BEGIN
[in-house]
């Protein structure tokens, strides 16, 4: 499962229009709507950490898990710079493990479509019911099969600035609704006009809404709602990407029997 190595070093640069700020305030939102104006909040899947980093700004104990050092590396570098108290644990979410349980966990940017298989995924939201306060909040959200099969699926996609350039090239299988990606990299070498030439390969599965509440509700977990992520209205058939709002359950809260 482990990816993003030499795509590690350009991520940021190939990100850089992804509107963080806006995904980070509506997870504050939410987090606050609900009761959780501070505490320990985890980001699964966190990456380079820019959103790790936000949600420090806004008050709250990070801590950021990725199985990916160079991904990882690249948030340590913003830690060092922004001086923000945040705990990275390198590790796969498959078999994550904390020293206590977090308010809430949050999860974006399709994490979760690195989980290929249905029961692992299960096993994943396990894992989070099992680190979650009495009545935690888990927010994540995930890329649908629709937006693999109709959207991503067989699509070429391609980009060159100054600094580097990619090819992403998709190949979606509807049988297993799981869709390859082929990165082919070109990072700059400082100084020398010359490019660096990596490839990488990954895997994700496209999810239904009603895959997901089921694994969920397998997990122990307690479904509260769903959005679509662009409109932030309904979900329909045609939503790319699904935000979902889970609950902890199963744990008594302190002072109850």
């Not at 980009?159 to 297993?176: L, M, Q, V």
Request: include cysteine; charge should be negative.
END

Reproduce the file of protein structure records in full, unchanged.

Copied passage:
[in-house]
């Protein structure tokens, strides 16, 4: 499962229009709507950490898990710079493990479509019911099969600035609704006009809404709602990407029997 190595070093640069700020305030939102104006909040899947980093700004104990050092590396570098108290644990979410349980966990940017298989995924939201306060909040959200099969699926996609350039090239299988990606990299070498030439390969599965509440509700977990992520209205058939709002359950809260 482990990816993003030499795509590690350009991520940021190939990100850089992804509107963080806006995904980070509506997870504050939410987090606050609900009761959780501070505490320990985890980001699964966190990456380079820019959103790790936000949600420090806004008050709250990070801590950021990725199985990916160079991904990882690249948030340590913003830690060092922004001086923000945040705990990275390198590790796969498959078999994550904390020293206590977090308010809430949050999860974006399709994490979760690195989980290929249905029961692992299960096993994943396990894992989070099992680190979650009495009545935690888990927010994540995930890329649908629709937006693999109709959207991503067989699509070429391609980009060159100054600094580097990619090819992403998709190949979606509807049988297993799981869709390859082929990165082919070109990072700059400082100084020398010359490019660096990596490839990488990954895997994700496209999810239904009603895959997901089921694994969920397998997990122990307690479904509260769903959005679509662009409109932030309904979900329909045609939503790319699904935000979902889970609950902890199963744990008594302190002072109850």
């Not at 980009?159 to 297993?176: L, M, Q, V």
Request: include cysteine; charge should be negative.